The next contributing factor is the presence of Thunder King Rai-Oh as a mainstream card. Many players are maining 2 to 3 copies of Thunder King and it’s one of the best opening plays in the game right now. His 1900 attack makes him a huge threat when coupled with his ability to negate inherent special summons and restrict the ability to add cards from the deck to hand. Effect Veiler will generally have no effect on an opening Thunder King play and if your hand isn’t able to deal with it you’ll be wishing the Veiler was a completely different monster. It also sucks that Veiler cannot be used on your own turn. Because of this, you can’t even turn off the oppressing effects of an opposing Thunder King when you would really need to. Also, one of the worst feelings in the world is when your opponent opens with a Thunder King and you open with several hand traps but no real monsters. These duels usually end really quickly unless the opponent is dumb enough to give you free cards by playing into your Maxx “C.” As a result, players have opted to not play more than a combined total of 4 hand traps. If you already use 3 Maxx “C”—as you should—then that leaves room for only 1 Effect Veiler in the main.

Unfortunately, Effect Veiler does little to nothing against Dino-Rabbit decks either. A first turn Rabbit play means you’ll be staring down an Evolzar Laggia and some backrows. At no point in your opponent’s turn could Veiler have stopped him/her unless he/she was required to play Tour Guide and Gold Sarcophagus. To make matters worse, if the opponent went for an Evolzar Dolkka instead of Laggia your Veilers will be rendered useless. Once again, you would rather draw cards with Maxx “C” rather than stare at a dead card. The same beatdown logic that applied to the aforementioned Thunder King Rai-oh scenarios will also apply against the Dino-Rabbit deck. This is due to the 3 main deck copies of Sabersaurus who also has 1900 attack. I know that some of us—including myself—had a misconception before the deck was actually released that “Oh, they’re just normal monsters. No big deal.” This way of thinking has been quickly pushed aside because 1900 attack is still 1900 attack. You can only take 4 of them directly before the next shot is good game.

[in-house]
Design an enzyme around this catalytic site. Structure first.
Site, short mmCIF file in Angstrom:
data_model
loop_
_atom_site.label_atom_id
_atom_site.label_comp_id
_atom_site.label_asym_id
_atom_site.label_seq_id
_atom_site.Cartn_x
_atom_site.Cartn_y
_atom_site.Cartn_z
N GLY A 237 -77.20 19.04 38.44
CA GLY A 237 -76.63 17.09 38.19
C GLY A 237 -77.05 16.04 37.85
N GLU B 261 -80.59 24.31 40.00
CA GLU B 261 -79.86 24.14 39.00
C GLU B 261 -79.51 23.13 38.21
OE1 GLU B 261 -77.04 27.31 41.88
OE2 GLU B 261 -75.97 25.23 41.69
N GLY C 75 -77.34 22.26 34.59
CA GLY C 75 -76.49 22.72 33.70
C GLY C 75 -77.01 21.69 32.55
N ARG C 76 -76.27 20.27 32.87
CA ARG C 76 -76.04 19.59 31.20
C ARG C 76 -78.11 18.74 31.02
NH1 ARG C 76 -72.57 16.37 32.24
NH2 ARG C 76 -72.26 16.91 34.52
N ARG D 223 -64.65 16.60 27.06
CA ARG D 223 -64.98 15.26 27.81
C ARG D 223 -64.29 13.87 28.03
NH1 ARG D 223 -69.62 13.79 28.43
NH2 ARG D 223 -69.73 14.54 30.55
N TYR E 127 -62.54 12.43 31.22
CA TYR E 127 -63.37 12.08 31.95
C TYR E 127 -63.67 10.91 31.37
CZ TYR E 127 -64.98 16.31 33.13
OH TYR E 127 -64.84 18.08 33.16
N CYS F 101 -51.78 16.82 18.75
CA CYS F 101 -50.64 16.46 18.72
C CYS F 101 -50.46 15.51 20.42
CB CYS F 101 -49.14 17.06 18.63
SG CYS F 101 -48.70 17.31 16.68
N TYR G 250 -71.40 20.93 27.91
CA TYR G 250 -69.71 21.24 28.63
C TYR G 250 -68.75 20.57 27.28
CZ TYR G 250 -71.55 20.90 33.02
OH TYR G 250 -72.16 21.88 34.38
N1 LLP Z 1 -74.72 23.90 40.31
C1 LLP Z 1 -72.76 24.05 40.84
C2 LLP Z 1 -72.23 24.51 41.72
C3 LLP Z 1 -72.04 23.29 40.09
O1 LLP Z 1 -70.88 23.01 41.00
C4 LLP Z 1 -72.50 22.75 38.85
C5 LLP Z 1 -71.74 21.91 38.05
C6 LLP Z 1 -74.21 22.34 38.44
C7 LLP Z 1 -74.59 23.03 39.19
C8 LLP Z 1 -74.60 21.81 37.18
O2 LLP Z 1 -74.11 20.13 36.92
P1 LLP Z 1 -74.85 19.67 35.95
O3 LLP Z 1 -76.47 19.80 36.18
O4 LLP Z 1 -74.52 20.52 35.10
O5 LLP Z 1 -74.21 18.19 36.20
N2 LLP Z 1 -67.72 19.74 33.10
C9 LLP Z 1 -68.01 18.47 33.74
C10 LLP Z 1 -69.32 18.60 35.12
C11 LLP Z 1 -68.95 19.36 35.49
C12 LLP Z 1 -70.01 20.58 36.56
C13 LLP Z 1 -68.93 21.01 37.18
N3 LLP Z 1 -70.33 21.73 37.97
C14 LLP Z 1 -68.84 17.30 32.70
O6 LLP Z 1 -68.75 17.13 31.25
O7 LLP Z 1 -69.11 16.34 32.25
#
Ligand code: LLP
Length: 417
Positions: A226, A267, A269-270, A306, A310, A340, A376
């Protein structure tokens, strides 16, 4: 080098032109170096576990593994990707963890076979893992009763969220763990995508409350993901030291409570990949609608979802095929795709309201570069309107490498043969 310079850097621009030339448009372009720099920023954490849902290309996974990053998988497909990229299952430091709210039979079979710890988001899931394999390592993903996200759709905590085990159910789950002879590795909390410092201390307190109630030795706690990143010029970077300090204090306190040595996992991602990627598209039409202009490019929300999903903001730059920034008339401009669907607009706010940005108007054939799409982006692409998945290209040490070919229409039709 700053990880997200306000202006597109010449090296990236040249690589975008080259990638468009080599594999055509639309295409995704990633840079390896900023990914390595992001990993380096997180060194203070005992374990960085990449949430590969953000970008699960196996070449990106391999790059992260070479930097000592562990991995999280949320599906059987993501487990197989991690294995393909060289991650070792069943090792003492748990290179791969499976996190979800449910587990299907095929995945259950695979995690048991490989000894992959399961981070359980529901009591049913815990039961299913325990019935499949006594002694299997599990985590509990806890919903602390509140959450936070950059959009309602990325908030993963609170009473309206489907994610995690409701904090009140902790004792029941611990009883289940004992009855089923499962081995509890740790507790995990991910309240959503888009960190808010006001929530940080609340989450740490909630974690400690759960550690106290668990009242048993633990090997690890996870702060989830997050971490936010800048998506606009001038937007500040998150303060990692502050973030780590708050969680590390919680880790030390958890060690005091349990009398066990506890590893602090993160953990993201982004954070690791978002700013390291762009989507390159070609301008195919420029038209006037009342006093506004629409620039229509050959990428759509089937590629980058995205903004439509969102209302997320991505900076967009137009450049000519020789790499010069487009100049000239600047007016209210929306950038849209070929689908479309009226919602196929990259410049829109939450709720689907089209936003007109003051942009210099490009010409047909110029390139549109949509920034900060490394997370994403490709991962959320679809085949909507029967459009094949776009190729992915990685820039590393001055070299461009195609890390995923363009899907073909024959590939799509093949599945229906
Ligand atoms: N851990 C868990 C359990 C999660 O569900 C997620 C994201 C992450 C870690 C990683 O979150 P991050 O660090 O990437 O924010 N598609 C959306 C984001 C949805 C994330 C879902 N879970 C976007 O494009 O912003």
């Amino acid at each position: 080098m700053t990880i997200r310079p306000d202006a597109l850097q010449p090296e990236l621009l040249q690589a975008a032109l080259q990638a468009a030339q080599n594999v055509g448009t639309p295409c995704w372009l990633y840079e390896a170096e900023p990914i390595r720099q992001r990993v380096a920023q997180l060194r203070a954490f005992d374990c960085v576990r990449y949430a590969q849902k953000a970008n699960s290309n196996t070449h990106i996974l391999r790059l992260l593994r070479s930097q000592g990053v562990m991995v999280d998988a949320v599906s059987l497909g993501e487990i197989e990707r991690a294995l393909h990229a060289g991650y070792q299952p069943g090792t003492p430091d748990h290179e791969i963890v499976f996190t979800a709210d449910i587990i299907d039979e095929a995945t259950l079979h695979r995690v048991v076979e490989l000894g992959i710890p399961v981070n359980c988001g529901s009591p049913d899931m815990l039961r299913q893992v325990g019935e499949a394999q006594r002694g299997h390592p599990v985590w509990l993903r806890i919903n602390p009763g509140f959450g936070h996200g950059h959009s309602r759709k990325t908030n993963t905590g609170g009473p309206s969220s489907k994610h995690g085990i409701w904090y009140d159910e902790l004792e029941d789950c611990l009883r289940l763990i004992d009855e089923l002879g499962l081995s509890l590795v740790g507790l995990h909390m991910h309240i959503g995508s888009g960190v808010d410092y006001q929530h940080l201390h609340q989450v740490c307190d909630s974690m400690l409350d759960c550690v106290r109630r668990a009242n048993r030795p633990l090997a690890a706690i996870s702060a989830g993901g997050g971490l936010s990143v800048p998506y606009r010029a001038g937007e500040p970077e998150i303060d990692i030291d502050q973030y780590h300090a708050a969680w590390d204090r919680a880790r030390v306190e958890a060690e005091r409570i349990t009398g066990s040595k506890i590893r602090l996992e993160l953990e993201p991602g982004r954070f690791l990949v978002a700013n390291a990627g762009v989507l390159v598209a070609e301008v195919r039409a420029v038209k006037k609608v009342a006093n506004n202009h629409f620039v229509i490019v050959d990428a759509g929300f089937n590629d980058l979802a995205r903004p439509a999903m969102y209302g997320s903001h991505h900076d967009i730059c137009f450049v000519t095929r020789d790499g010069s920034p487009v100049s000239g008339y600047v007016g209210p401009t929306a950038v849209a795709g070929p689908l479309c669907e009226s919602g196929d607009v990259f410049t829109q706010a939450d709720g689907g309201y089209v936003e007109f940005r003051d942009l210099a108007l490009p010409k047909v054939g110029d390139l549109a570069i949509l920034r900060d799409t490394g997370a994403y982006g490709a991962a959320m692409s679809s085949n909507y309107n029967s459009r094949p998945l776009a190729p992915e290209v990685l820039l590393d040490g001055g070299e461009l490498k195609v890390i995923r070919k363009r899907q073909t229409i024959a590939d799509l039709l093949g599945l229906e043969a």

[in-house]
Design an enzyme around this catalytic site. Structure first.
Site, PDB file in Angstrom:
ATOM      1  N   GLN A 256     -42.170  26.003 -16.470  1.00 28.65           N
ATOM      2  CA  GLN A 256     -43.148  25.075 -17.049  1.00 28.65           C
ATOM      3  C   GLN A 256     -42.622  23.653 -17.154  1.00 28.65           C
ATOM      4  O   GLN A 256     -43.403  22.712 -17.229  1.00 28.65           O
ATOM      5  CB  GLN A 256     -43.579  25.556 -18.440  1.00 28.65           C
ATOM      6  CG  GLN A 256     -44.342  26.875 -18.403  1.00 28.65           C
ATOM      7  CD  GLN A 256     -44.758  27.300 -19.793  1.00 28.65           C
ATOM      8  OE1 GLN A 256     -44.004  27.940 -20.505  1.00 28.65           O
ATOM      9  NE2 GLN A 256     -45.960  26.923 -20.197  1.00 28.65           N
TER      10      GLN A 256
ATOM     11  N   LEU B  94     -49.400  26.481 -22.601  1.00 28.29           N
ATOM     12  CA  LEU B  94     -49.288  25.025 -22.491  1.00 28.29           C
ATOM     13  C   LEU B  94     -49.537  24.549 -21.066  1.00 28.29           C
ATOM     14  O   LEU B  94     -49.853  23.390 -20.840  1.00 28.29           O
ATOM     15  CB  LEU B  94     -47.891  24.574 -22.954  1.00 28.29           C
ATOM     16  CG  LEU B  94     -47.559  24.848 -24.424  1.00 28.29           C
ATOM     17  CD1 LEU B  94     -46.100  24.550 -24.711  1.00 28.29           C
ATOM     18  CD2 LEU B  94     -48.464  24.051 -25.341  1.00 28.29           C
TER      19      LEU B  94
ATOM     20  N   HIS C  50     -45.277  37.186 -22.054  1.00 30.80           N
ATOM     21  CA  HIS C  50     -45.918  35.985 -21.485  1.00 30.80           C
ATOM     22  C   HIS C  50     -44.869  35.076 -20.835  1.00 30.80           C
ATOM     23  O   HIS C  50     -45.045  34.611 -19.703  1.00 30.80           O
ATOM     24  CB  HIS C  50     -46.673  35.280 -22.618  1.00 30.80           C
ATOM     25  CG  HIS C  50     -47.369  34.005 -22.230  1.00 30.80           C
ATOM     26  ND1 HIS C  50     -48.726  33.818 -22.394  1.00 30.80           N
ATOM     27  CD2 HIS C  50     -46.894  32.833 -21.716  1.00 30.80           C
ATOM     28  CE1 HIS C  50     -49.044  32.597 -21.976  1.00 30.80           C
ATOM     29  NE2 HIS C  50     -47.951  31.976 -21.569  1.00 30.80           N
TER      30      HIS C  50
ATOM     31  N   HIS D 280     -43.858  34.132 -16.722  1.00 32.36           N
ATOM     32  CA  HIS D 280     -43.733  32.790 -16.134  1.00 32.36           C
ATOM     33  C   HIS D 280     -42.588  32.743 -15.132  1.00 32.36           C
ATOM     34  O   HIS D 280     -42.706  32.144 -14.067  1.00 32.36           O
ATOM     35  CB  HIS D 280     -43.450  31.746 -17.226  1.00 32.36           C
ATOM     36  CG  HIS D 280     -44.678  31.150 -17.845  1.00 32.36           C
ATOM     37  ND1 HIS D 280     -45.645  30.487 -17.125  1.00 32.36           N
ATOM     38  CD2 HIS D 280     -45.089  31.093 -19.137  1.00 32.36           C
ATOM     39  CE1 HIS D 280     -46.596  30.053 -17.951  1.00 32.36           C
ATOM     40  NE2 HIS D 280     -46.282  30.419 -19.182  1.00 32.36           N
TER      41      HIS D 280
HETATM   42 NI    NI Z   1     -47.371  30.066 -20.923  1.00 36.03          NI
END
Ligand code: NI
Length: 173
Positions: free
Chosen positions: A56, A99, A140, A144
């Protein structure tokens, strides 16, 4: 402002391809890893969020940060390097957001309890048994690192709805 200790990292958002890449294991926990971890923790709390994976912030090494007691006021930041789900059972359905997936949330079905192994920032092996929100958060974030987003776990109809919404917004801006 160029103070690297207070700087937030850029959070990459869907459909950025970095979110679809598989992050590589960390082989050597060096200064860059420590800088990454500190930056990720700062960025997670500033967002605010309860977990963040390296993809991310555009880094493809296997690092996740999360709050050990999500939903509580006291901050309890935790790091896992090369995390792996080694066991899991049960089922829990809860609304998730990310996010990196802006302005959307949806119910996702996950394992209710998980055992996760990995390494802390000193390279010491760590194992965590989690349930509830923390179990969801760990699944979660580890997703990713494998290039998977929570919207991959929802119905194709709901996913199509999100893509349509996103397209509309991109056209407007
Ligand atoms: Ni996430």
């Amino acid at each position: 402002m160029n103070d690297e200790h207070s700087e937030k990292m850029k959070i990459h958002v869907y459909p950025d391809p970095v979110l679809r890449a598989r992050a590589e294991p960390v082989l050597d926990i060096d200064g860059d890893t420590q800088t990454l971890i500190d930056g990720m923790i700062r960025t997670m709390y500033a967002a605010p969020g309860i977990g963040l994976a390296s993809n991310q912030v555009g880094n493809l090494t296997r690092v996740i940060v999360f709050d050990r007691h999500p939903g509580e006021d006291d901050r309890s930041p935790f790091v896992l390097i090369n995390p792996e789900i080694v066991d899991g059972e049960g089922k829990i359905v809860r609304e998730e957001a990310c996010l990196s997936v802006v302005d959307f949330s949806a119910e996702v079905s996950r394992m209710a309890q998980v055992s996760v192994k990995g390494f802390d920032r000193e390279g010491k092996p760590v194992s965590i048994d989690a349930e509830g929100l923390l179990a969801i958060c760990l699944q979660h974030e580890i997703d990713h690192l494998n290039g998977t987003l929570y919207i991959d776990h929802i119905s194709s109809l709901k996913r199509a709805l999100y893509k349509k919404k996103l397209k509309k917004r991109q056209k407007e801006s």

Despite the current issues with Effect Veiler the card will still see play as the game progresses. You can expect it to raise and drop in usefulness as the format changes. Speaking of which, YCS Atlanta is the next major event and a new set (Order of Chaos) will be legal for the first time, which brings us a completely new theme (Inzektors) while also increasing the power of lacking themes (Wind-ups and Ninjas). According to the buzz on the Yu-Gi-Oh forums these soon to rise decks are debilitated by opposing Effect Veilers. Whether that will hold true or not only time will tell. In the meantime, why not build your own versions of those decks and test them out on the Dueling Network. If it isn’t too much to ask please post the results of this theory in the comments section below. I’d ask that you only post results that are related to Effect Veiler vs. Inzektors and Ninjas, as well as your general comments, if any.

This is Frazier Smith reporting out, until next time my Yugi, Play hard or go home!

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Frazier Smith